Does avian flu herald the worst pandemic for generations?





From a World Health Organisation (WHO) publication (by permission)
Modified by Elisabeth Strömberg
Department of Zoology
Göteborg University
Email: This email address is being protected from spambots. You need JavaScript enabled to view it.

Available languages: uk1  fr1

In newspapers and from the radio you sometimes can hear that we soon can expect influenza pandemic. (A pandemic illness is spread all over the globe, while an epidemic is more regional). Based on historical records, influenza pandemics can be expected to occur, on an average, three or four times each century when new virus subtypes emerge and are readily transmitted from person to person. However, the oc-currence of influenza pandemics is unpredictable. In the 20th century, the great influenza pandemic of 1918–1919, the Spanish flu (probably called so because Spain was not involved in the war and therefore had a free press that could report about the influenza), which caused an estimated 40 to 50 million de-aths worldwide, was followed by pandemics in 1957–1958, Asian flu, which killed about one million peo-ple globally and 1968–1969, Hong-Kong flu which was responsible for a global death toll of between one and four million lives (Figure 1).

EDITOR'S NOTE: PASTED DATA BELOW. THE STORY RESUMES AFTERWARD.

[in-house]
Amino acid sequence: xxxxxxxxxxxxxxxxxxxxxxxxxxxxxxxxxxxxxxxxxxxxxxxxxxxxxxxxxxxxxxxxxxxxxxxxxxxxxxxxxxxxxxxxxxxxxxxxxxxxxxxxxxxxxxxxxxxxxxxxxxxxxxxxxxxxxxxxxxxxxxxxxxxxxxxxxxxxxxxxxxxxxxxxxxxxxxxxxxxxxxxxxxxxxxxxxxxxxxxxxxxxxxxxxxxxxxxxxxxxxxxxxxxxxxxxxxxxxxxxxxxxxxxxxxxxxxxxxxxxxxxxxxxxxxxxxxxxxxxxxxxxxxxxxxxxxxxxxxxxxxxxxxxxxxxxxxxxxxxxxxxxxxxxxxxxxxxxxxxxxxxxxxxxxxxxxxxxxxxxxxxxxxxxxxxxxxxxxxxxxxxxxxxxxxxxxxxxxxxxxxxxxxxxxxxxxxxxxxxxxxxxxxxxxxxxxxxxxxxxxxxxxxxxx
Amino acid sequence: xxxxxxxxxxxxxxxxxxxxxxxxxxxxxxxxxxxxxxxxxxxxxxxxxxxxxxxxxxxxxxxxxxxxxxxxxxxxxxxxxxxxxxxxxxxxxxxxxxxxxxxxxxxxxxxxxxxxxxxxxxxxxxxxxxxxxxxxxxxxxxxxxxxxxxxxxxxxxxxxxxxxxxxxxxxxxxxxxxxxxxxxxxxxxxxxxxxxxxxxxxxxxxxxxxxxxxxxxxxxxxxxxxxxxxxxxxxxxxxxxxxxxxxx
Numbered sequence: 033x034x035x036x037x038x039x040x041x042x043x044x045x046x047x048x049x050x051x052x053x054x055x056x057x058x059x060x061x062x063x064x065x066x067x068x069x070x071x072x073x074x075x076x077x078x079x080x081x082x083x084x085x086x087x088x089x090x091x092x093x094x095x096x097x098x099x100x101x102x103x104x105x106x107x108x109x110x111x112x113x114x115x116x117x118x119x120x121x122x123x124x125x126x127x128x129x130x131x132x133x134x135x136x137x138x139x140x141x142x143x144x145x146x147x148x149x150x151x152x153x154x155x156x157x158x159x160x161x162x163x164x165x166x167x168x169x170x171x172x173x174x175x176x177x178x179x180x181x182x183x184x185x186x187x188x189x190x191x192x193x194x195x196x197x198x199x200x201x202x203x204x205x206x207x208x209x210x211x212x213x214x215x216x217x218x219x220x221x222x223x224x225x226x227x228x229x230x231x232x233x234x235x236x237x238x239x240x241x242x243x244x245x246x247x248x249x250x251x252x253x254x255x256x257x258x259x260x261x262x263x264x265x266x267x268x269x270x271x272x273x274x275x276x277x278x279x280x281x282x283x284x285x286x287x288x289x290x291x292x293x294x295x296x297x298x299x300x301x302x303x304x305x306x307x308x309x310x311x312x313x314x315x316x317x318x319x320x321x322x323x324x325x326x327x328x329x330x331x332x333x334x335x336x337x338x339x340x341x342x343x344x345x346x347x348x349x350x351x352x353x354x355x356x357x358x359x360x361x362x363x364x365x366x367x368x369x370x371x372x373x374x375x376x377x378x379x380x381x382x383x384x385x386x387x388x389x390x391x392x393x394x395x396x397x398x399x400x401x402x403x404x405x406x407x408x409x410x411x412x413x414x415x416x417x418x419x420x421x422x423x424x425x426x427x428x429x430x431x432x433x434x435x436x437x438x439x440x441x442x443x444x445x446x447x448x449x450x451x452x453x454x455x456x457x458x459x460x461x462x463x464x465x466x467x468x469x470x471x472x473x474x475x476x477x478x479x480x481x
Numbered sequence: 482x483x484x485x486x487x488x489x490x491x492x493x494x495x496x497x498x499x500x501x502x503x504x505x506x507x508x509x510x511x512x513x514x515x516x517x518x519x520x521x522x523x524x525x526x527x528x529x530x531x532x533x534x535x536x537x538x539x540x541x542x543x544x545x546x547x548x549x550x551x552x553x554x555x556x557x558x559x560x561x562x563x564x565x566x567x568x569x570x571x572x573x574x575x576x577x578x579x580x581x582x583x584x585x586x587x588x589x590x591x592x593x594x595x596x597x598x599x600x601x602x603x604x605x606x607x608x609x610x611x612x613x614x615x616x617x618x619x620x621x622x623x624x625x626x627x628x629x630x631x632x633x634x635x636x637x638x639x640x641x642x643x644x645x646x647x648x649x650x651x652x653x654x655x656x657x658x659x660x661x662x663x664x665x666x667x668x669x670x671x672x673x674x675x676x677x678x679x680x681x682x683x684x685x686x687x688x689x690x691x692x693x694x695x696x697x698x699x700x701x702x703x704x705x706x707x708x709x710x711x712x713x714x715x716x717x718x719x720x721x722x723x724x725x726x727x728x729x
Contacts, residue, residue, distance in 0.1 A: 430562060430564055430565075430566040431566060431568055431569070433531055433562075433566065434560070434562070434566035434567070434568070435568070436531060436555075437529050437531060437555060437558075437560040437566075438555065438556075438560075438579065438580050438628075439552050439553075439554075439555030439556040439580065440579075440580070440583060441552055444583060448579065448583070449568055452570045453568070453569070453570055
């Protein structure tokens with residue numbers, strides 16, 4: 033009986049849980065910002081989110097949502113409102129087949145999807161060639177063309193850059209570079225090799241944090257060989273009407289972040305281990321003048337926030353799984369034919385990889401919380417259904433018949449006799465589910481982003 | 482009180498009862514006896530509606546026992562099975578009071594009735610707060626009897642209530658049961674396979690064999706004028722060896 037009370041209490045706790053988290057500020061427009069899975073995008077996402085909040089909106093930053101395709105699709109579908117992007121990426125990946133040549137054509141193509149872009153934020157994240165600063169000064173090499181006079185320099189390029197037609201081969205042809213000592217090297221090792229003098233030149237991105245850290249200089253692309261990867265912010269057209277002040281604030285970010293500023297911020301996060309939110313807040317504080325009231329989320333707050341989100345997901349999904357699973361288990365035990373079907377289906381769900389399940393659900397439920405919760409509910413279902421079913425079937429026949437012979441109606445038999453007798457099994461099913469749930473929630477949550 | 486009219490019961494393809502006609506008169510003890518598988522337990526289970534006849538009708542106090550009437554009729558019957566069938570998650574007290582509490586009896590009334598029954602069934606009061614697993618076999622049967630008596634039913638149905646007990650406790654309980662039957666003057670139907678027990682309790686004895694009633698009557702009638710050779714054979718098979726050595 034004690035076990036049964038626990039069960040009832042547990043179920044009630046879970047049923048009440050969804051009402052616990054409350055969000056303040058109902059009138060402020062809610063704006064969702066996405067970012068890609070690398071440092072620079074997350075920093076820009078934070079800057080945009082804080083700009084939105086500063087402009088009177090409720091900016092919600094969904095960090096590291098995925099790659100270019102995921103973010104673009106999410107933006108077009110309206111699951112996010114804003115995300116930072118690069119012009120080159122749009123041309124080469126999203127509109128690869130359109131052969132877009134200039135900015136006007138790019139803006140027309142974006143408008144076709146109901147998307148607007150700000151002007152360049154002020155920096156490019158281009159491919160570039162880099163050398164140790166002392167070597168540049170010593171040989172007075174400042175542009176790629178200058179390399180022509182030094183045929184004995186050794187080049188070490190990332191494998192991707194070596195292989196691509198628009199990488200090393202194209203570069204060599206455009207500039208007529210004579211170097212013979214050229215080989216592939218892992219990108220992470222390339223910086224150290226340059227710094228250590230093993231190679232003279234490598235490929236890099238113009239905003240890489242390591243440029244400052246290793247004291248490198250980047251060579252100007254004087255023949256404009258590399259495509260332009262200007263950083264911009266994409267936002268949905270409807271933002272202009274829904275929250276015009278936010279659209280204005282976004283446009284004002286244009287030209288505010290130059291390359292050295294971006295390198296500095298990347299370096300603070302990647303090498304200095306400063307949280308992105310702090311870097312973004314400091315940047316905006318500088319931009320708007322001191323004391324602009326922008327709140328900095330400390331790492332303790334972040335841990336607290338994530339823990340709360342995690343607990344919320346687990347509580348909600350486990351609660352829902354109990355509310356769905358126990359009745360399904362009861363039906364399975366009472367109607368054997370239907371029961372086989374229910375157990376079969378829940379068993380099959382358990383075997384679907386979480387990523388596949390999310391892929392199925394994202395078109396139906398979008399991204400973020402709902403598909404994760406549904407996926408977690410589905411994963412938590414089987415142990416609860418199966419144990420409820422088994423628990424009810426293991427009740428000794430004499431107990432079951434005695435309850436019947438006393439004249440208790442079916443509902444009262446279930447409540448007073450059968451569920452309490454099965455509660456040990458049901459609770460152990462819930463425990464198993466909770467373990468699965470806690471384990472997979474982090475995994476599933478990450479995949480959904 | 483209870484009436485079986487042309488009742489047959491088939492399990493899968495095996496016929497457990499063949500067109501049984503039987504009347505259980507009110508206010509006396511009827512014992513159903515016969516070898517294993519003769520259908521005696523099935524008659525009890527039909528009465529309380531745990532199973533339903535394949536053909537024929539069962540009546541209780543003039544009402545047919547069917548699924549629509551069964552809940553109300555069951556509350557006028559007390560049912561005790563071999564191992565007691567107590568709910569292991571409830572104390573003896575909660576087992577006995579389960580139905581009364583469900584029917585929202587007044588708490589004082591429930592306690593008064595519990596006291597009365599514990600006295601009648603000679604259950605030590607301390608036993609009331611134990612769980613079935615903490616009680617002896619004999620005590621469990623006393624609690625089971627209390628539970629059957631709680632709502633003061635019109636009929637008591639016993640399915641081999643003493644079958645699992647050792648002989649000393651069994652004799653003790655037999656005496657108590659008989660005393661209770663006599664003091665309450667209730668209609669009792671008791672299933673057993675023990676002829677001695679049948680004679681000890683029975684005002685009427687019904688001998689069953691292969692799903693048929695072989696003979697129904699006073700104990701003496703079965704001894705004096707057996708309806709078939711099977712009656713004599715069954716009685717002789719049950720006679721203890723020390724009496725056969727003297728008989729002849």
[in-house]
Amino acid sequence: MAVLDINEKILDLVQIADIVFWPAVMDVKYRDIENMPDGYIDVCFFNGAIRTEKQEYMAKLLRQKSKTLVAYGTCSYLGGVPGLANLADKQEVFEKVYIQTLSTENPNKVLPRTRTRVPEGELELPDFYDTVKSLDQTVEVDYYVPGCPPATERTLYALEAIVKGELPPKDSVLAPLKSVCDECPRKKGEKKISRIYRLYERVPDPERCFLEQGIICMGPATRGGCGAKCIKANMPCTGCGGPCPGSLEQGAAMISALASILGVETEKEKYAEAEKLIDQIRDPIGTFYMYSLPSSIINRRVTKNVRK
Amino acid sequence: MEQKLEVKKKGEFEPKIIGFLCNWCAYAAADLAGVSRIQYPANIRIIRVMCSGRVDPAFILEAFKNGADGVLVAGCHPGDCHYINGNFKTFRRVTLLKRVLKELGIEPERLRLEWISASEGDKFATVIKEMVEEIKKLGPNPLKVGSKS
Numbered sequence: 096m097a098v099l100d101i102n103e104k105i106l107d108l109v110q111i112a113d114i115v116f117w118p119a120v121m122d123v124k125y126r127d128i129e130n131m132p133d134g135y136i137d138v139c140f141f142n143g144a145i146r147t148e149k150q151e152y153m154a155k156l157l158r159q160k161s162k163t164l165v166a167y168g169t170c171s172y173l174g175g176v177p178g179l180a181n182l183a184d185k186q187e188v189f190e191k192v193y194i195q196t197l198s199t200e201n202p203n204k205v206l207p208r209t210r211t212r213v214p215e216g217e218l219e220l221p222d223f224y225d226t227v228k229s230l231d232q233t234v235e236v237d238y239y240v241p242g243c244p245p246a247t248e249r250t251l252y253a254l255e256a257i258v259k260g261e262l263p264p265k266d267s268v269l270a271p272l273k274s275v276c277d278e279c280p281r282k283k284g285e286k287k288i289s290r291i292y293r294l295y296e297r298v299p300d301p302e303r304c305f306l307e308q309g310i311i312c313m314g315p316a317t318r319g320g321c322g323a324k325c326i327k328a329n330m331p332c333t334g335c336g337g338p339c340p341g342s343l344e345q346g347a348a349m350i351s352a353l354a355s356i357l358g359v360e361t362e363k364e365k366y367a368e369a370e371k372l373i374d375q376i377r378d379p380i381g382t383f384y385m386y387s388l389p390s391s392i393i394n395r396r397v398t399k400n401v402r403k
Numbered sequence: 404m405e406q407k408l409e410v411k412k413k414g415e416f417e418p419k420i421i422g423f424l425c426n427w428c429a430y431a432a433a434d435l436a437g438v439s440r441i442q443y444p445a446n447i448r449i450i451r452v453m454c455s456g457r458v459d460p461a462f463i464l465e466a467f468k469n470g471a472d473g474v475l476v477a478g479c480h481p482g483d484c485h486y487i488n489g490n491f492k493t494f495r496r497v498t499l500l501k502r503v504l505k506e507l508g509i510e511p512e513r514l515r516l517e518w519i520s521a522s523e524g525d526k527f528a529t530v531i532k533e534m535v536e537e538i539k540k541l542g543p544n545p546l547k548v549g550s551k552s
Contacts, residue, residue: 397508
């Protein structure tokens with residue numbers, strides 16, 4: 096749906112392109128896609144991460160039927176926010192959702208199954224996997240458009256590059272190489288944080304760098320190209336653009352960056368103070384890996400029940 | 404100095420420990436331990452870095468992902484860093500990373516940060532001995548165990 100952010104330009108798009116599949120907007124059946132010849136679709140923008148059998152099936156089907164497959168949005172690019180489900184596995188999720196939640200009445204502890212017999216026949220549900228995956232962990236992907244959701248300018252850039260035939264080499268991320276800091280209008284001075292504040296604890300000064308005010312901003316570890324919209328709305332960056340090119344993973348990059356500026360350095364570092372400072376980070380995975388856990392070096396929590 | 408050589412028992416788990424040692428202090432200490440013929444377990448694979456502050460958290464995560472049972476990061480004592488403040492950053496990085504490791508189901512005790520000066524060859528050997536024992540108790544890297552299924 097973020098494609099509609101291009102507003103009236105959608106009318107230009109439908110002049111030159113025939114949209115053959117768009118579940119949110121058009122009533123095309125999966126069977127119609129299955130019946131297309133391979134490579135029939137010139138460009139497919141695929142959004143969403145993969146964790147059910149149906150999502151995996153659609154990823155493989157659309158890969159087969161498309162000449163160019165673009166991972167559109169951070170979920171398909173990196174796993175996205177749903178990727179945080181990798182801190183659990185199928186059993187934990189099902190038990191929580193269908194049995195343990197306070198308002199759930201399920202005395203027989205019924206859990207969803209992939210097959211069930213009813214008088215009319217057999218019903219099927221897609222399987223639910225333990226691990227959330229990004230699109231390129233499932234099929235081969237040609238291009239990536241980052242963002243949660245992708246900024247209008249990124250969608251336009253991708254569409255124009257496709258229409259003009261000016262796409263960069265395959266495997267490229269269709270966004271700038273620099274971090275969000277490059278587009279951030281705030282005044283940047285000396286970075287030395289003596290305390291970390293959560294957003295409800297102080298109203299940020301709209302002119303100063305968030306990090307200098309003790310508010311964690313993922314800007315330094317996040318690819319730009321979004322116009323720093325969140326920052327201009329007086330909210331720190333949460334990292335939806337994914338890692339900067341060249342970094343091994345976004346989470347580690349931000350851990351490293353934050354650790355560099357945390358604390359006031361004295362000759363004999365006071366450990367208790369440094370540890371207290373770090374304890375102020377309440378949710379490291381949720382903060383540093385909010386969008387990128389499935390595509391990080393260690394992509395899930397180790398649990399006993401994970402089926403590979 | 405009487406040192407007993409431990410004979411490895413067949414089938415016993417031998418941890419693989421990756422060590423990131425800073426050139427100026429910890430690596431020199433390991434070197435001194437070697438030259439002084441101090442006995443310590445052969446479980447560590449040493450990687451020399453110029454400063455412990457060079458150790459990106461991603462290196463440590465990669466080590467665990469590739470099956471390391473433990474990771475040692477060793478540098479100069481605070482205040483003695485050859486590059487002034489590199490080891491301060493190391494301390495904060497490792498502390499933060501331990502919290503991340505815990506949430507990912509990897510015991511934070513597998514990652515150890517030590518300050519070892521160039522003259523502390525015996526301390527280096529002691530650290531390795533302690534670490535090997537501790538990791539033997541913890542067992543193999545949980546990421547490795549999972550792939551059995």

Experts agree that another influenza pandemic is inevitable and possibly imminent.